This introduction and many of the poems which follow it reappear in Juniper Fuse, the passionate and visionary summit of an unusual creative project: translating and reintegrating the narrative of awakening humanity as depicted within psychic wombs on the cave walls of southwestern Europe. Artfully traveling along the faultlines of a burgeoning consciousness, at every opportunity submerging himself in the abyss of extrasensory and intra-millennial realities, Eshleman fuses his imagination to the plight of the Cro-Magnon and locates the birth of metaphor at the parallax Fall, when awareness of separation from both animal and mother lit the mind and delivered art. In “Placements I: ‘The New Wilderness,’” Eshleman writes: "At arm's length the image, my focus the extent of my reach. Where I end the other begins. And is not all art which genuinely moves us done in the 'dark' against a 'wall'? Olson's whisper (a prayer), '(boundary) / Disappear.'"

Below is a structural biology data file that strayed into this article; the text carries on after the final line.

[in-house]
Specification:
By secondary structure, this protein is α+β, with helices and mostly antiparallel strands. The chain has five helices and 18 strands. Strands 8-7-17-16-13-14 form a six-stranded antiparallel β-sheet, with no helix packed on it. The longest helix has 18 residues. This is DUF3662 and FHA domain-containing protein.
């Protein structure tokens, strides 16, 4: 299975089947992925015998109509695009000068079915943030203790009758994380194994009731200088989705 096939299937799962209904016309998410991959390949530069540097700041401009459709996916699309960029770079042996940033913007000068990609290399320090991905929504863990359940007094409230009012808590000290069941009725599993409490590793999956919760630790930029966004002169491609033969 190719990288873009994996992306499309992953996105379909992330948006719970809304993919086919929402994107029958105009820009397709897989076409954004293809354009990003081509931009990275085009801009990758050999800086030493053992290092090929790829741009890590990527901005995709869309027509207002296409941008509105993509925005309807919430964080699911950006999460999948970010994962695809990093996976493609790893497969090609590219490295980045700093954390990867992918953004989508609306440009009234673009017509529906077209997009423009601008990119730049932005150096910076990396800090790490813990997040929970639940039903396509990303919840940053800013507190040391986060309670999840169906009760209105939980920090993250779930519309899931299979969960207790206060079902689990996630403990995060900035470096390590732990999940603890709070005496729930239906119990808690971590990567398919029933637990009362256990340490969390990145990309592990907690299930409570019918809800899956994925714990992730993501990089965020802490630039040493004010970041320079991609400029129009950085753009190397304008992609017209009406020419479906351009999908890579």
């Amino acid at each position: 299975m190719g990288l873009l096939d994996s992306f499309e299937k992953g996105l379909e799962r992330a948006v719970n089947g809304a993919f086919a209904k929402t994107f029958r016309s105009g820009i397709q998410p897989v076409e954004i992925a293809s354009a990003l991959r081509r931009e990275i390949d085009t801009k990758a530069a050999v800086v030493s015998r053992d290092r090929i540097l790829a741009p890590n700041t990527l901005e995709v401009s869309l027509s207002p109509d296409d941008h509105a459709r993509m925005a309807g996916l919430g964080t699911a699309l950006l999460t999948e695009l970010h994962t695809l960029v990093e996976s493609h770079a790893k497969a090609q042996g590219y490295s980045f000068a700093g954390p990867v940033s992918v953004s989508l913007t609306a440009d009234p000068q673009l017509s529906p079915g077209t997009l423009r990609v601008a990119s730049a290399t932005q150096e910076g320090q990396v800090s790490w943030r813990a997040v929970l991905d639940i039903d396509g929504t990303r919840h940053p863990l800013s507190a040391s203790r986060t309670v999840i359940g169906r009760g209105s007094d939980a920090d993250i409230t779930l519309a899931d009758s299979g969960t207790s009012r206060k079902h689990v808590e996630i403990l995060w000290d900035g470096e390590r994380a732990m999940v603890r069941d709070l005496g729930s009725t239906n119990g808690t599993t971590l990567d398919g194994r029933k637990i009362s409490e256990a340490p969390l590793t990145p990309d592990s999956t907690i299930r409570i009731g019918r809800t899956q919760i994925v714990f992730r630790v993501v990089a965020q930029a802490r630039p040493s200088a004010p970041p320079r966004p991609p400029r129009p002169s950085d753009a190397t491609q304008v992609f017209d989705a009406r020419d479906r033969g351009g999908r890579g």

Eshleman, as his devotees are well aware, has been immersed in this source for over 25 years, and Juniper Fuse, his "saturation job" á la Charles Olson, is indeed a unique achievement. Inspired by the work of a vast array of thinkers—Rimbaud, Norman O. Brown, Mikhail Bakhtin, Wallace Stevens, James Hillman, Sandor Ferenczi—Eshleman has constructed the book on hinges that join poetry to prose to epistle to image to dream to myth. He aims to "make use of a pluralistic approach that may result in a fuller 'reading' of Upper Paleolithic imagination than archeological or literary approaches alone might yield," and further notes that "as a poet's book, Juniper Fuse is an attempt to reclaim the caves of the Dordogne and the Pyrénées for poets as geo-mythical sites in which early intimations of what we call 'muse' may have been experienced." As poet, scholar, and explorer, Eshleman interviews poetry's potential throughout, and in both prose and verse accomplishes a rare lyric force. His "Notes on a Visit to Le Tuc D'Audoubert," for example, incorporates drawn images copied from cave walls with projective verse and linguistic equations—language as symbol, as mark.